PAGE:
Xander Broughton told police he thought he'd won.
His prize? A trip to the emergency room, a near-fatal alcoholic blackout and international ridicule.
Alexander Price "Xander" Broughton, a 20-year-old University of Tennessee student from Memphis, swore to officers he never "butt-chugged" himself into a coma with a box of cheap red wine over the weekend, but bloodstains, his injuries and at least one witness account told a different story, UT records released Thursday show.
"Mr. Broughton stated that at no time did he 'butt chug' wine or any other alcoholic beverage and that no one inserted anything into his rectum," UT police Lt. Dana McReynolds wrote in a report.
He wouldn't agree to let police review his medical records.
Broughton and about a dozen other underage friends, including fellow members of fraternity Pi Kappa Alpha's Zeta chapter, chugged the wine - through one orifice or another - as part of a "blackout party," with one member posting photos to Twitter, and tried to destroy evidence afterward, according to UT police reports.
Broughton was treated for severe alcohol poisoning Saturday after, according to police, four of his Pike brothers dumped him at the University of Tennessee Medical Center emergency room unconscious around 1:15 a.m. with a blood-alcohol level of nearly 0.45 - a potentially deadly concentration more than five times the legal limit.
Doctors declared him in critical condition, with rectal injuries so pronounced officials called for a sexual assault nurse.
Knoxville and UT police officers went to the Pi Kappa Alpha house, 1820 Fraternity Park Drive, and found the courtyard, halls and rooms littered with beer cans, empty bags from wine boxes and three passed-out frat boys - one of them naked, according to the reports. A fellow UT student, John Patrick Carney, told investigators they'd been "butt-chugging" wine, according to police records.
Butt-chugging - a term that's made the round of headlines, newscasts and jokes this week - refers to using alcohol enemas to get drunk faster.
UT officials had met with Greek leaders just 10 days before the incident to review campus rules against drinking.
Broughton told police he drank "four to six" beers before going to the Pike house and then drank about half of a half-full 5-liter box of cheap red Franzia wine. He described the drinking as part of a game called "Tour de Franzia," based on seeing who can drink the most wine straight from the box without throwing up.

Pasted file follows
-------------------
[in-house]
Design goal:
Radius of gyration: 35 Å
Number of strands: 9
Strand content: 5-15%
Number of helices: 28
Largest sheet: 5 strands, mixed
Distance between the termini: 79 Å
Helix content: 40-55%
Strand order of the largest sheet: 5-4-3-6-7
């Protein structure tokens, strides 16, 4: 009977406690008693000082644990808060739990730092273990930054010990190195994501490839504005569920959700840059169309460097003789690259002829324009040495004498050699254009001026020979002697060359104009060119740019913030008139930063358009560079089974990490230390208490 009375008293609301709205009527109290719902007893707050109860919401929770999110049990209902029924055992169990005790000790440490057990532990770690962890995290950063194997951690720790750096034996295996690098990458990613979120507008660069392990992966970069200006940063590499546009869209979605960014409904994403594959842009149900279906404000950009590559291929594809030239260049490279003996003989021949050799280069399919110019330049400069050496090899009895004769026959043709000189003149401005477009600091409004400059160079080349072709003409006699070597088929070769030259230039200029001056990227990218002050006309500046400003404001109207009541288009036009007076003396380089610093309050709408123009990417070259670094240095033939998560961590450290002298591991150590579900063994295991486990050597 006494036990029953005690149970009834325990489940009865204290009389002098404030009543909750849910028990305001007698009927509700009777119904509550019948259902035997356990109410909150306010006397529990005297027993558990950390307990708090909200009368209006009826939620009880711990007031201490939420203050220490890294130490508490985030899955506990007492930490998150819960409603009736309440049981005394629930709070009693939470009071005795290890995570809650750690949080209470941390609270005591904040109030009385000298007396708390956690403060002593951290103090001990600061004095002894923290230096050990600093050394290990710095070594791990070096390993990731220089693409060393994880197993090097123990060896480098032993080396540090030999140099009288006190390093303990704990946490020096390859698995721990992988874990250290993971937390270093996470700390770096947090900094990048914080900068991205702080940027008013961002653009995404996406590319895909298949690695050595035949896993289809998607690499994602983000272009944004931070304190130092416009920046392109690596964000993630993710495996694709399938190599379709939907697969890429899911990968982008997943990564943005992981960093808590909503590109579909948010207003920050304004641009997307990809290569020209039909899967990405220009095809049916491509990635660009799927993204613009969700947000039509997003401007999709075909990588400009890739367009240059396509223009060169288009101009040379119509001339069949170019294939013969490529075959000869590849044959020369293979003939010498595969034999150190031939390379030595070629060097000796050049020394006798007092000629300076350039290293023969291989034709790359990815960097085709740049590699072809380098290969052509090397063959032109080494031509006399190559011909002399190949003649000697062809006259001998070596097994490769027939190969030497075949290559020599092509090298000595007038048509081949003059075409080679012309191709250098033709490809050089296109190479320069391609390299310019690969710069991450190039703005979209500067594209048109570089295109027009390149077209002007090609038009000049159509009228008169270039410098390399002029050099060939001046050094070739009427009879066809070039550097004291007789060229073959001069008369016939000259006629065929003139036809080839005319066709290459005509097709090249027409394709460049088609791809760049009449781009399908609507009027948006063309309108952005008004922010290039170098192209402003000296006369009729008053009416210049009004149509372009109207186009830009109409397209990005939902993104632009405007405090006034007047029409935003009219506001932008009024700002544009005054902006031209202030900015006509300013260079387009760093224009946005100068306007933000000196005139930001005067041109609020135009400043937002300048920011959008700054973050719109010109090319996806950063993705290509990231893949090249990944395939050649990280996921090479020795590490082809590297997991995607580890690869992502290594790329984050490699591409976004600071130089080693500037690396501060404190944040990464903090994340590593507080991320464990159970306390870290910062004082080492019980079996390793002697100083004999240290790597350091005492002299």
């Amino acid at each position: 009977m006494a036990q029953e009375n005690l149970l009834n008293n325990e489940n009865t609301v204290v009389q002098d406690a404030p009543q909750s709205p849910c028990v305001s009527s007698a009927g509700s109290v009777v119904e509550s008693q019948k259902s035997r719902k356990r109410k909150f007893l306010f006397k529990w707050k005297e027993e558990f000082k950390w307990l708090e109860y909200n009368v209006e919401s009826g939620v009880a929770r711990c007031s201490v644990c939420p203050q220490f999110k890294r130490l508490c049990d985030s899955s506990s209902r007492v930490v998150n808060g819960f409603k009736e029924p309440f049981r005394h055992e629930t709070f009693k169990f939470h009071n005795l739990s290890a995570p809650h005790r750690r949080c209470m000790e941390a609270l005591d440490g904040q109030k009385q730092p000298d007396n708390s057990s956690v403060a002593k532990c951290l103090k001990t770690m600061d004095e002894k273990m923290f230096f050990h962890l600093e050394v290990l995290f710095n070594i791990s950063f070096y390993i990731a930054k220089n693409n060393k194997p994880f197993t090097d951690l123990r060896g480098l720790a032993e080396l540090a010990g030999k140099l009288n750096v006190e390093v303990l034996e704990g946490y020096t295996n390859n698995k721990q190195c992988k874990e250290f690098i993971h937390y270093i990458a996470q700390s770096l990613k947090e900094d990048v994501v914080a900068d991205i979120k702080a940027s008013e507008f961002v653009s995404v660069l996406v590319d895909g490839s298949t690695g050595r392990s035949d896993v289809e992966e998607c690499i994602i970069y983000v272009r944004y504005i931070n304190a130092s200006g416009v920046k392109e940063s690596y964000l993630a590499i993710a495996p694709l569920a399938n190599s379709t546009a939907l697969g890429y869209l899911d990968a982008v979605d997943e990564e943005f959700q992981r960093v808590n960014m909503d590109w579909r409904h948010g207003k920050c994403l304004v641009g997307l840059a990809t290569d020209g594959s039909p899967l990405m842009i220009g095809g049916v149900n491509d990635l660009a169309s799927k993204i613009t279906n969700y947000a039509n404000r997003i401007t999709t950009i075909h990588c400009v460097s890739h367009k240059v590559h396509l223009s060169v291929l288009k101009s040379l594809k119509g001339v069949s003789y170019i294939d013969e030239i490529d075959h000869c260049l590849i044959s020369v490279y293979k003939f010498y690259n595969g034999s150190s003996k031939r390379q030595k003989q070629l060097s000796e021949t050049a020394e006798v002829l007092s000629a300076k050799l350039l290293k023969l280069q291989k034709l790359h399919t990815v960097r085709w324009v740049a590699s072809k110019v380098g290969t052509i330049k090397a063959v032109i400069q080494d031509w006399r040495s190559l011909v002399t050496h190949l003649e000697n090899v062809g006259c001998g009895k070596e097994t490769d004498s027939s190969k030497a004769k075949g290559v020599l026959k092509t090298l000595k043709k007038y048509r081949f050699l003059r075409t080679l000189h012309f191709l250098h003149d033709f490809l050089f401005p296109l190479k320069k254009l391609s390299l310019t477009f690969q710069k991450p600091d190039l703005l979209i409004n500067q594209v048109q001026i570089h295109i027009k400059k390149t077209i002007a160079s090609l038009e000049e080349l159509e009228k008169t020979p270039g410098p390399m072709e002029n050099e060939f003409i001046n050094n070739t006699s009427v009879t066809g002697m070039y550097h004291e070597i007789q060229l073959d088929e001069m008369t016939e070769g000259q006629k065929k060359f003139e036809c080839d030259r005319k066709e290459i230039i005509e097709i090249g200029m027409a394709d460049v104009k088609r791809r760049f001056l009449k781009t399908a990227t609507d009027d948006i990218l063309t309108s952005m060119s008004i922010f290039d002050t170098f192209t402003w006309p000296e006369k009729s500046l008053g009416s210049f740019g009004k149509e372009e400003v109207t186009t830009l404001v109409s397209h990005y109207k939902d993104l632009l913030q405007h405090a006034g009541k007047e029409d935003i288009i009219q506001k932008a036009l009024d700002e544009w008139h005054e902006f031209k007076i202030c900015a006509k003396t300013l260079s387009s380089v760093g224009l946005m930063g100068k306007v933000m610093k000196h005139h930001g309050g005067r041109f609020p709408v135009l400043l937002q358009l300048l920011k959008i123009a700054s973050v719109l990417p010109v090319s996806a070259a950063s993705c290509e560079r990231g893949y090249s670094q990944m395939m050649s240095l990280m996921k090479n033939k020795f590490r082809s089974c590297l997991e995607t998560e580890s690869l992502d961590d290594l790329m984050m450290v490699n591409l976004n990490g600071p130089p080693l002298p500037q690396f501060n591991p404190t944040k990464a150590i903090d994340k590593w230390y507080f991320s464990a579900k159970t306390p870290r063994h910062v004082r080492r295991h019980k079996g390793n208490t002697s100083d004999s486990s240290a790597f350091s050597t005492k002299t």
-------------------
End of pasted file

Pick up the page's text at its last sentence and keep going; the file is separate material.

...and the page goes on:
Broughton "does not remember anything else until he woke up in the hospital," McReynolds, the UT police lieutenant, wrote. "Mr. Broughton stated that according to his fraternity brothers he finished off (the box) and won the game."
Broughton tried to blame bloodstains found throughout the Pike house on a fight, according to a report. Investigators didn't buy the story, given his injuries and a bloody mess found in the Pike house restroom.
"There was a plastic bag with a light pink wine on the floor," UT police Sgt. Angela O'Neal wrote. "In front of the (rest room) door there was an empty plastic bag. There was bloodstained tissues on the sink, the sink counter top and the floor. I observed two of the toilet stalls had blood on the floor. ... There was a plastic bag with a pink wine in front of the couch and a red Solo cup containing this same liquid."
Broughton's family has disputed police accounts, and his frat brothers have posted denials on Twitter under such headings as "welikepike" and "dontslanderxander."
Police records indicate the Pikes showed little concern when told Broughton might die.
The chapter president, George Bock, arrived at the house drunk, called members to warn them to stay away from the house and "would not answer my questions directly," O'Neal wrote. The car used to drive Broughton to the hospital apparently had been cleaned before police arrived but still had an empty beer can in the back, she wrote.
Broughton has recovered and returned to classes. Officers cited 12 others on charges of underage drinking, and UT has suspended the chapter indefinitely.